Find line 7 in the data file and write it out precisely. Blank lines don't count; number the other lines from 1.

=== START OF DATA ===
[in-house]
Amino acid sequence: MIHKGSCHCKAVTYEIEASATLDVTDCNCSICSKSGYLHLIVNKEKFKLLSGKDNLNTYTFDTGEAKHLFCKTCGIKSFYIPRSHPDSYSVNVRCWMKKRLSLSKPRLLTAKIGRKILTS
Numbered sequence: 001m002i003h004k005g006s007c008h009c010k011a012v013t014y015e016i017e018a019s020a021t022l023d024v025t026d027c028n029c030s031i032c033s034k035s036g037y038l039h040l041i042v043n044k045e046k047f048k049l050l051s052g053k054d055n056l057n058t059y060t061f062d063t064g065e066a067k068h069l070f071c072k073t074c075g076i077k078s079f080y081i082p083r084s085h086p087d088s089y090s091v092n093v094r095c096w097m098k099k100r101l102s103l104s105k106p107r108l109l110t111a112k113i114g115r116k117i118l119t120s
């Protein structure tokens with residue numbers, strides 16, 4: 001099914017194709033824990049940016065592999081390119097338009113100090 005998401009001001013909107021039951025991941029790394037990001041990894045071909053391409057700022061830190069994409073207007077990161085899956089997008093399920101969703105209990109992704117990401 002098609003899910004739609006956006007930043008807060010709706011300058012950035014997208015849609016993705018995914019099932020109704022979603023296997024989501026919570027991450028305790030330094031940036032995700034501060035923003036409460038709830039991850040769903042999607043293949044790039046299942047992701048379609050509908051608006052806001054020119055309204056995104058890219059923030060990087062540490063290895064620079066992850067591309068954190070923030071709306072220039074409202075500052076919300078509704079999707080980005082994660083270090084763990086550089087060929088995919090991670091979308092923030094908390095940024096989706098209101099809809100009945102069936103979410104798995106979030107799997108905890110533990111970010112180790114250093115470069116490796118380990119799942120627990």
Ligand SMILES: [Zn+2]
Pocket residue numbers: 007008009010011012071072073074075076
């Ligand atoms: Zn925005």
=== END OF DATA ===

């Ligand atoms: Zn925005």